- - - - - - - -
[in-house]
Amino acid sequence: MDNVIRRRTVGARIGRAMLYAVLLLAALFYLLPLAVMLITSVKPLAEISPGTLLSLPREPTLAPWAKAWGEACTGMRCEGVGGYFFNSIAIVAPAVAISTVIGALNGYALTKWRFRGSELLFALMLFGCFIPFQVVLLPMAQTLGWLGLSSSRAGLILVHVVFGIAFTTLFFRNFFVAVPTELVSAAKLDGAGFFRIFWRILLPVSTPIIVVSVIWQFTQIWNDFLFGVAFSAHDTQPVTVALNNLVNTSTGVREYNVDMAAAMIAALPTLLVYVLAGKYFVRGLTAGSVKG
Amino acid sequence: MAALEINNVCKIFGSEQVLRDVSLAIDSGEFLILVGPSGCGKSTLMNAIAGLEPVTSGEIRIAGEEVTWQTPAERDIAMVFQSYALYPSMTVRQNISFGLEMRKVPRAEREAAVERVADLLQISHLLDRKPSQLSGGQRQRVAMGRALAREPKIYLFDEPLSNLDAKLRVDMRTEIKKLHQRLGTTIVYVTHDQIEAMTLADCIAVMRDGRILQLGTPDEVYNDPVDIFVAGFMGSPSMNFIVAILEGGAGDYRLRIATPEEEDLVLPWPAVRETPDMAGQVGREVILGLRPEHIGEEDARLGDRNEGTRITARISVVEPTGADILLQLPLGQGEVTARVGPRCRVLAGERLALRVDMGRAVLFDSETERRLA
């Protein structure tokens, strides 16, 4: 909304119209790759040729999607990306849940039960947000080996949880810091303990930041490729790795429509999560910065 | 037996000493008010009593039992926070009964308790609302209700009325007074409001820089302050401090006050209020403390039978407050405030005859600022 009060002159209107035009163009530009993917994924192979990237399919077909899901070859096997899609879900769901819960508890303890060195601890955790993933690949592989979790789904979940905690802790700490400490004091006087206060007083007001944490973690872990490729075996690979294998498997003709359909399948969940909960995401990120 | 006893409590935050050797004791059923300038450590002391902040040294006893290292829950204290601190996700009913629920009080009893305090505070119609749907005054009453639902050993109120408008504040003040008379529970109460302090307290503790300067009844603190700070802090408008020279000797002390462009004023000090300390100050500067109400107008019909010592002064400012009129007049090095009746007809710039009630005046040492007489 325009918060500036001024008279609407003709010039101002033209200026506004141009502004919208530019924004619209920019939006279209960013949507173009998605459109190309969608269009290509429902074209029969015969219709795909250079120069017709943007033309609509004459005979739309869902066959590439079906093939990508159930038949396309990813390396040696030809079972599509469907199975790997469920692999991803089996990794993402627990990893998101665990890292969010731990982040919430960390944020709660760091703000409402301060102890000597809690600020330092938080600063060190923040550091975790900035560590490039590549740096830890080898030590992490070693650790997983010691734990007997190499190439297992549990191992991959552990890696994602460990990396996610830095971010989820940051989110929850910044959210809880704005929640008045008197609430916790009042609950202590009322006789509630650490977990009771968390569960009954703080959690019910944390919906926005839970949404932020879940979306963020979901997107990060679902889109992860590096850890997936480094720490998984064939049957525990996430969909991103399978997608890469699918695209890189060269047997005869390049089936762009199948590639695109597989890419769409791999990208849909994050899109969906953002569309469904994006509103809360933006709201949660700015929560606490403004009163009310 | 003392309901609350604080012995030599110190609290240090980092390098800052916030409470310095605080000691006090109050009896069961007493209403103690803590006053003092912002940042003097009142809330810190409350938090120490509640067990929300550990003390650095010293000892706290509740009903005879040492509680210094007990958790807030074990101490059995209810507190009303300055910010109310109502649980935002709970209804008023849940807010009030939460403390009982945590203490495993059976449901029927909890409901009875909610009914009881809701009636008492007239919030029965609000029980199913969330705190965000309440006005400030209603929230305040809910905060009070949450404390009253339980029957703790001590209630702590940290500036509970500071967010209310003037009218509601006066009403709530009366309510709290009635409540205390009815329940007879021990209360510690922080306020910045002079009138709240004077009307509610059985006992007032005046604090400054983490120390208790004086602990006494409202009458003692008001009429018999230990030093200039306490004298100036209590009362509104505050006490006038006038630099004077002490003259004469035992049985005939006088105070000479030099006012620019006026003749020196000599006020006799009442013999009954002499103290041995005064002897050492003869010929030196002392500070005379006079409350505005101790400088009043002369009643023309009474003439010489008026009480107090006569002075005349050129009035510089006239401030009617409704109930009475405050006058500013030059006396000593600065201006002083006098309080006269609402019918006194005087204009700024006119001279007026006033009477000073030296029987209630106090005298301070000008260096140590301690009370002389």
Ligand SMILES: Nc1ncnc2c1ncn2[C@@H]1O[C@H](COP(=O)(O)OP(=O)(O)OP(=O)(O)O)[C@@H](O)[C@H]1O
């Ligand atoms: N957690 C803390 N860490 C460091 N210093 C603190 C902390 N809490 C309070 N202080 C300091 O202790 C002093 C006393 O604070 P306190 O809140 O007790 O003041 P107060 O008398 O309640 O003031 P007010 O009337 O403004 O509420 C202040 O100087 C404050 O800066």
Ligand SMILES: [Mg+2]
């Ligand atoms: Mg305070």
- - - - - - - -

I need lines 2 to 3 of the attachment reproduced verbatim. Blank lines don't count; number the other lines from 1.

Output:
Amino acid sequence: MDNVIRRRTVGARIGRAMLYAVLLLAALFYLLPLAVMLITSVKPLAEISPGTLLSLPREPTLAPWAKAWGEACTGMRCEGVGGYFFNSIAIVAPAVAISTVIGALNGYALTKWRFRGSELLFALMLFGCFIPFQVVLLPMAQTLGWLGLSSSRAGLILVHVVFGIAFTTLFFRNFFVAVPTELVSAAKLDGAGFFRIFWRILLPVSTPIIVVSVIWQFTQIWNDFLFGVAFSAHDTQPVTVALNNLVNTSTGVREYNVDMAAAMIAALPTLLVYVLAGKYFVRGLTAGSVKG
Amino acid sequence: MAALEINNVCKIFGSEQVLRDVSLAIDSGEFLILVGPSGCGKSTLMNAIAGLEPVTSGEIRIAGEEVTWQTPAERDIAMVFQSYALYPSMTVRQNISFGLEMRKVPRAEREAAVERVADLLQISHLLDRKPSQLSGGQRQRVAMGRALAREPKIYLFDEPLSNLDAKLRVDMRTEIKKLHQRLGTTIVYVTHDQIEAMTLADCIAVMRDGRILQLGTPDEVYNDPVDIFVAGFMGSPSMNFIVAILEGGAGDYRLRIATPEEEDLVLPWPAVRETPDMAGQVGREVILGLRPEHIGEEDARLGDRNEGTRITARISVVEPTGADILLQLPLGQGEVTARVGPRCRVLAGERLALRVDMGRAVLFDSETERRLA